YoYo Games today announces the general availability of GameMaker: Studio version 1.2. With today’s update, developers will be able to harness the full speed of the CPU with the new YoYo Compiler, allowing projects to run up to 100x faster across all native platforms supported. Fully-integrated, totally cross platform Shader support allows developers to write shaders once and then deploy them across all platforms that support them.

 

"Today’s update raises the bar in the visual quality and the complexity of games that can be made in GameMaker: Studio,” said Russell Kay, chief technology officer at YoYo Games. “Our goal with today’s update and all future enhancements to GameMaker: Studio is that the imagination be the limiting factor in the game development process, not the technology.”

The YoYo Compiler

The YoYo Compiler unlocks new possibilities in CPU-intensive areas such as artificial intelligence, procedural techniques, real time lighting, enhanced physics, real time geometry deformation, collision and data manipulation, immensely raising the quality bar. The YoYo Compiler is free for customers of GameMaker: Studio Master Collection and is otherwise available as an add-on priced at $299.

Cross Platform Shader Support

Fully integrated, totally cross platform shader support allows full access to low level shaders, while still letting GameMaker: Studio do the heavy lifting. The built-in editor has been extended to have full color syntax highlighting and “intellisense” for shaders, making creation a breeze.

 

The rapid adoption of GameMaker: Studio as the preferred 2D games development framework has exceeded YoYo Games’ expectations. Today, GameMaker: Studio has been downloaded more than one million times and is quickly approaching 20,000 daily active users. To learn more about the GameMaker: Studio family of products and to get GameMaker: Studio version 1.2, please visit www.yoyogames.com.

 

Certainly an important release for GameMaker developers.

News


4. August 2013

 

I just received the following email:

Dear You,


We recently became aware of suspicious activity relating to some of Crytek’s websites, and acted quickly to take those websites offline for security reasons.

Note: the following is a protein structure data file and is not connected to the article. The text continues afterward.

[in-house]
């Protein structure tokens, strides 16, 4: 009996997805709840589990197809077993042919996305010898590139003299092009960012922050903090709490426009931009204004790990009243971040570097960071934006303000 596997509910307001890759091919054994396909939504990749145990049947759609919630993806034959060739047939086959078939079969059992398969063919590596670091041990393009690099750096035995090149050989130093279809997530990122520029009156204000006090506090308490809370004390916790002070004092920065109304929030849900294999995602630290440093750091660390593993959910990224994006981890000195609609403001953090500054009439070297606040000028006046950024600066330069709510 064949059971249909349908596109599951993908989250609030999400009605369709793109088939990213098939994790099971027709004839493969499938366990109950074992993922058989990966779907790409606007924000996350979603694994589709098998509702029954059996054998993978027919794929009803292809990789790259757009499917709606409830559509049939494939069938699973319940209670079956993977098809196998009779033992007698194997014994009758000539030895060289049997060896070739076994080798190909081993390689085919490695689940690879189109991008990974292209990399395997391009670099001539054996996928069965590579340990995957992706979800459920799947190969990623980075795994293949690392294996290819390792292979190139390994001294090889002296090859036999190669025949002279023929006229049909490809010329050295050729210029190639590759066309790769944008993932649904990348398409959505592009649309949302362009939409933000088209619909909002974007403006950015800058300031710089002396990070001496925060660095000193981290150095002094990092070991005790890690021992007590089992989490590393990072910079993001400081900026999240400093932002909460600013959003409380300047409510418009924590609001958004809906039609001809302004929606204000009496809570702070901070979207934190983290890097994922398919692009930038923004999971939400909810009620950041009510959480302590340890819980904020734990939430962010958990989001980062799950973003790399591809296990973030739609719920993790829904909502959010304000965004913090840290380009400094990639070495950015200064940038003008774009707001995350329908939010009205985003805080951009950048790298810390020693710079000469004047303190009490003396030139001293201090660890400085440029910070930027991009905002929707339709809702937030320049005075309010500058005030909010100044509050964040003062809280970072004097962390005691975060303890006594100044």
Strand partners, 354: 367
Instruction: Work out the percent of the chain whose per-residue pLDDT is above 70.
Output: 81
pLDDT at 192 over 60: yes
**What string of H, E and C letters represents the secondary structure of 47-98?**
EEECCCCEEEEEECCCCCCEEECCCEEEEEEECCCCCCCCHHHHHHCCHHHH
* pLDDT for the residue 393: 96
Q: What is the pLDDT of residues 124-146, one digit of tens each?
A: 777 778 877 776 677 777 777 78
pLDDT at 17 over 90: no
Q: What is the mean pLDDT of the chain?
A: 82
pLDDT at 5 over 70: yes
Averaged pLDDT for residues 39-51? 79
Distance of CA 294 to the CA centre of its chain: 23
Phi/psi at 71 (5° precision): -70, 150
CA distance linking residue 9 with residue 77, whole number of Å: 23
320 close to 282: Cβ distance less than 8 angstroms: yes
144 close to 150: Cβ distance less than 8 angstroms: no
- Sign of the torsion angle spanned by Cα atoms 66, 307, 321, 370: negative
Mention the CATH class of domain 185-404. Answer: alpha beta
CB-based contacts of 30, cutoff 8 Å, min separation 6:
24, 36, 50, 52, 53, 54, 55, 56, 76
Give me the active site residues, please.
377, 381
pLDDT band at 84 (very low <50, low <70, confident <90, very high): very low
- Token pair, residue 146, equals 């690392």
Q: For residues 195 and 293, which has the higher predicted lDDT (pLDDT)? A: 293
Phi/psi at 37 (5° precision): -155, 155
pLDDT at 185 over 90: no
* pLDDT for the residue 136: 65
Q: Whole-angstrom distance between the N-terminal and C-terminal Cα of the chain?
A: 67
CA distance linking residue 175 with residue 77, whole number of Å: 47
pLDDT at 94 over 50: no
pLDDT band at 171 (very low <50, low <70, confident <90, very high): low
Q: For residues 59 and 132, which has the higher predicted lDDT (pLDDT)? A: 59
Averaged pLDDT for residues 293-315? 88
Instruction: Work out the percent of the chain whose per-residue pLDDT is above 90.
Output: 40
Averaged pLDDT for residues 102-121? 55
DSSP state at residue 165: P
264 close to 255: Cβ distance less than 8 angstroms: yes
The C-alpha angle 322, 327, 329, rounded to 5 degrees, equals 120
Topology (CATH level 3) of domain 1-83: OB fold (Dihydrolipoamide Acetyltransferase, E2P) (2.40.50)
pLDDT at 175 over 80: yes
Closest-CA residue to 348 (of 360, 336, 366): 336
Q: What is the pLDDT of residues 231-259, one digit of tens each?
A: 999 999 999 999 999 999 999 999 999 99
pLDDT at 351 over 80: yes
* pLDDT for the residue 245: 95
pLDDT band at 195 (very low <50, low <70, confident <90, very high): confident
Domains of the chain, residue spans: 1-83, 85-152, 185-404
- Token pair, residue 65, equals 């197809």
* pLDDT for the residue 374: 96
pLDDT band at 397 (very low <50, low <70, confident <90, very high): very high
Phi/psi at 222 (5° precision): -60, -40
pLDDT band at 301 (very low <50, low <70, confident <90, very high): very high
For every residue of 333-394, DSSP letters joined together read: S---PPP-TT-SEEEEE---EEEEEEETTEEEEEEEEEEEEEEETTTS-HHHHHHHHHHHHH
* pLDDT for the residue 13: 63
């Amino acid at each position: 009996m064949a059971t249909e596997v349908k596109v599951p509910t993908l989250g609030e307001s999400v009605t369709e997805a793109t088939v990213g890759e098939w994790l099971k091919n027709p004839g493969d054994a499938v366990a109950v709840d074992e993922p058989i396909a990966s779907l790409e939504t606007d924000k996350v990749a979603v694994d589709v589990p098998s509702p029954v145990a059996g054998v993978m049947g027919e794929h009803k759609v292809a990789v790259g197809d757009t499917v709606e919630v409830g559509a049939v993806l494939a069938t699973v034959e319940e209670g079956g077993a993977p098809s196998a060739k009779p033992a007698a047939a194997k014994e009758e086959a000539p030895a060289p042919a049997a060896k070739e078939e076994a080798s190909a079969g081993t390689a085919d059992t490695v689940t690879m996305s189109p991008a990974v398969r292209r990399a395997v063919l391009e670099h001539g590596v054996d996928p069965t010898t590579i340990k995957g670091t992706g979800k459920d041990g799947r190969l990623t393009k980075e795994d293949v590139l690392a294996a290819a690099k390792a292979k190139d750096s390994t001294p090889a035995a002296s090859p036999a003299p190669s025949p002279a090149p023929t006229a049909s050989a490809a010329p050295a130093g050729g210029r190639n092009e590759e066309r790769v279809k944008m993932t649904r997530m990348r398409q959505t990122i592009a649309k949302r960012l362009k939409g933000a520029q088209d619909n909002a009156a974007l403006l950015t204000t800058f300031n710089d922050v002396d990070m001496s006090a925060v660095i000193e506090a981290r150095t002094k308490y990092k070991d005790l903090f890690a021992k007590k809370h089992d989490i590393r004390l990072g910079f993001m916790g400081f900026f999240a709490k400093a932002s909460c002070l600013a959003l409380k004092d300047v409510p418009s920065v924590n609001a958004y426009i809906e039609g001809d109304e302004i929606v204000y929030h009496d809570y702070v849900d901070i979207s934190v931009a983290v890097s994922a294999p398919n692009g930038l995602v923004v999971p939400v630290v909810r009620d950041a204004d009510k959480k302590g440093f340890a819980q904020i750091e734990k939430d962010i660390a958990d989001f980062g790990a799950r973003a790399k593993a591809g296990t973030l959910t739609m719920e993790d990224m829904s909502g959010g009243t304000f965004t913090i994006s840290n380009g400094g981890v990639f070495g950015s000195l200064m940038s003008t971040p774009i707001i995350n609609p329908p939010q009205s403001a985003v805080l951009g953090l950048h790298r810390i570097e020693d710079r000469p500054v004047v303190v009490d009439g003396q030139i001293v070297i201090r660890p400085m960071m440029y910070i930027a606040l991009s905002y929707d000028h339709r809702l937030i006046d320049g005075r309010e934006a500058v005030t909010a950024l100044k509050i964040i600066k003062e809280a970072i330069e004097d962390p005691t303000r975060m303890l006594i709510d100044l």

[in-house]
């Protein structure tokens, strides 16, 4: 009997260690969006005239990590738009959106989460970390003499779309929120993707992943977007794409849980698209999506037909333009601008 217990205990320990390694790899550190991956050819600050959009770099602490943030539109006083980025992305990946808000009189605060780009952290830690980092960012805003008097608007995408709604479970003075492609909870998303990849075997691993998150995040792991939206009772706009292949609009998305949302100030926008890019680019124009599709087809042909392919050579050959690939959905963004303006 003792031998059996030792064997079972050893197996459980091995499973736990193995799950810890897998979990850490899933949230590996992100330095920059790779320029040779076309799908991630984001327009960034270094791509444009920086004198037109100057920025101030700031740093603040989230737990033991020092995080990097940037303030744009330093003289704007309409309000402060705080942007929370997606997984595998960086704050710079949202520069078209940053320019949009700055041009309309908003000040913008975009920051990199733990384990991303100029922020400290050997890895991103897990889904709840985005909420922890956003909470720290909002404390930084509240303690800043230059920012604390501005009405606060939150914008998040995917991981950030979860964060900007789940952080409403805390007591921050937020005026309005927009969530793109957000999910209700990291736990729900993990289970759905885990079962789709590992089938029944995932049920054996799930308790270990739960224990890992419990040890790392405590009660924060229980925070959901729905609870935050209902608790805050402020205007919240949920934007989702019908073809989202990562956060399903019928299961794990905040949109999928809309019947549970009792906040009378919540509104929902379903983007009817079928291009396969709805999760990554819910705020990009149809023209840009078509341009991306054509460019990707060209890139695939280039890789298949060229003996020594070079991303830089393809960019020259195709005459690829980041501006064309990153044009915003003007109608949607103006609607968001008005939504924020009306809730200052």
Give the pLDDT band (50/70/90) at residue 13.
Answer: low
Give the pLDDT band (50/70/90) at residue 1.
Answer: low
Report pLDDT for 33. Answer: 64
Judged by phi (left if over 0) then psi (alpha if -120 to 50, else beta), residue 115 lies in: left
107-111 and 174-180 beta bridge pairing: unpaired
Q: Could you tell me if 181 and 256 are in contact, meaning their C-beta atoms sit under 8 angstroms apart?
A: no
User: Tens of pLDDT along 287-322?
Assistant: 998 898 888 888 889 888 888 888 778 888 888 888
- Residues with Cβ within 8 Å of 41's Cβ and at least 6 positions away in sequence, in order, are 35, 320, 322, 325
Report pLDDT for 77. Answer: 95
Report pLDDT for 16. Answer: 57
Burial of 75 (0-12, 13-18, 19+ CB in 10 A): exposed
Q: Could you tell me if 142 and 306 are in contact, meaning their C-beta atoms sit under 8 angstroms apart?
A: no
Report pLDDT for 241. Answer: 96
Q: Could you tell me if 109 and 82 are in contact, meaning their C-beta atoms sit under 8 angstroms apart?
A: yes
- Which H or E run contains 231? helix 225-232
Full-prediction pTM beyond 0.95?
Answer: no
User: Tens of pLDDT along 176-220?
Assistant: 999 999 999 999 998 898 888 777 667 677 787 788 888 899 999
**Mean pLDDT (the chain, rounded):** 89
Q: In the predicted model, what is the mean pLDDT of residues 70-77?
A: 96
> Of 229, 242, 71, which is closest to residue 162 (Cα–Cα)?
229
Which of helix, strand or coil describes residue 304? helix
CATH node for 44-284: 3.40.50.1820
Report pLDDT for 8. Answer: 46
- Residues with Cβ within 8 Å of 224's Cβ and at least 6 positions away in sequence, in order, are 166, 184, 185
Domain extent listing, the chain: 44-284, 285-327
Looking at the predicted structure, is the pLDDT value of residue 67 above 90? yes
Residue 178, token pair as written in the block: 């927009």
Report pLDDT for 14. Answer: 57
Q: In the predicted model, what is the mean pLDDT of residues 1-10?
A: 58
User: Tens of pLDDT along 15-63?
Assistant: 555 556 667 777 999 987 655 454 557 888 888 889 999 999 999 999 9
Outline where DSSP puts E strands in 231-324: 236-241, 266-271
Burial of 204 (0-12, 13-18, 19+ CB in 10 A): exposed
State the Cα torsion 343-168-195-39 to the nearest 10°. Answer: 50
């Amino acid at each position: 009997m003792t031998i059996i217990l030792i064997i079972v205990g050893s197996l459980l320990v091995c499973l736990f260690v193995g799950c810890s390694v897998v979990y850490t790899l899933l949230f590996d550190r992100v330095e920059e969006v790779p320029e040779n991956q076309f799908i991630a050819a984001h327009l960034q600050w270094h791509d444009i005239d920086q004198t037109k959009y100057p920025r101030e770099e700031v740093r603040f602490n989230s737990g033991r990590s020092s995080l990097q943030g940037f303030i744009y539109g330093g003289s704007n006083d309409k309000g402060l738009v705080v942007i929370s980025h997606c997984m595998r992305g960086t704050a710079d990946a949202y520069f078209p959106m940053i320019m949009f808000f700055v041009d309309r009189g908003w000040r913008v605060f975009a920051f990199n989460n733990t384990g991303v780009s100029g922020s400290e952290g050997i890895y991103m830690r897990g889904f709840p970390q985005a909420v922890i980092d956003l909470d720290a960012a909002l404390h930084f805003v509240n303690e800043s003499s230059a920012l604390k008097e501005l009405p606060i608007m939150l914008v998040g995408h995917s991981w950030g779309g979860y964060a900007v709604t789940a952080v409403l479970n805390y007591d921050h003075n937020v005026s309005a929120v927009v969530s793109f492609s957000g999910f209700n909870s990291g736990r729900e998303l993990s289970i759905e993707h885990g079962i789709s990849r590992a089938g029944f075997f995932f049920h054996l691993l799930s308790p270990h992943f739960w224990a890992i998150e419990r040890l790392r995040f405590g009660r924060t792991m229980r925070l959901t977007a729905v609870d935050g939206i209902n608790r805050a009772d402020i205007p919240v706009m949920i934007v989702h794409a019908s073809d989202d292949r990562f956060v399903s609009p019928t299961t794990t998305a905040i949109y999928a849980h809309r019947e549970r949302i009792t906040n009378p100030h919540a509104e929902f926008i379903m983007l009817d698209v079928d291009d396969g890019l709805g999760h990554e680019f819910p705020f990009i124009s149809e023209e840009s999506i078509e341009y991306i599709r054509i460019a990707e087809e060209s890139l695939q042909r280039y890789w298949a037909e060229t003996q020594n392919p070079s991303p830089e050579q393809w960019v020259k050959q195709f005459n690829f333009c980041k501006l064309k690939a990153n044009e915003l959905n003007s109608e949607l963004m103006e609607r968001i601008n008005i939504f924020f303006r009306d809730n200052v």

The sites listed below are currently offline:

  • Crytek.com
  • Mycryengine.com
  • Crydev.net
  • MyCrysis.com

 

The following Crytek sites remain online and are not affected by these issues:

  • GFACE.com
  • Crysis.com
  • Warface.com

 

If you have an account at crydev.net or mycrysis.com, you will be asked to change your password next time you log in. If you use your current password anywhere else online, we would also suggest that you reset it at those sites.
We are working on getting all websites fully operational again as soon as possible. Please accept our sincere apologies for any inconvenience.

The Crytek Team

 

If you visit any of those sites, you see:

image

 

Considering that you had to register to evaluate CryEngine, if you’ve looked at it, you are compromised.  You need to authenticate to use CryEngine, so I wonder if all the devs are now dead in the water?  What really annoys me about this announcement is they don’t tell you if the passwords were encrypted.  At this point in time, any website that compromises user information without encrypting it, should be liable for any damages that occur!  This is getting far too common.

News


22. July 2013

 

For a point release, this one’s pretty good.Unity42

 

As mentioned in the title, probably the biggest change is the addition of 3 new platforms, Windows 8 ( as in the app store ), Windows Phone 8 and Blackberry 10.  Windows Phone 8 “Pro” is available free to Unity Pro subscribers.

 

Probably the biggest new feature isn’t new at all.  A number of previously “pro” level features are now available free.  Nav mesh baking ( used for AI pathfinding ), realtime shadows and text based serialization of assets for integration with version control have all become free features.  Those are perhaps the most cited missing features from the “basic” version, so if you are on a budget, that’s great news.

 

Other big features include:

  • OpenGL ES 3.0 support
  • Perforce source control integration
  • iOS crash reporter
  • Anti-aliased RenderTextures.
  • Numerous new image effects ( Blur, Bloom, Edge Detection, etc… )
  • Stencil buffer access (pro only)
  • Shuriken particle system callback scripting interface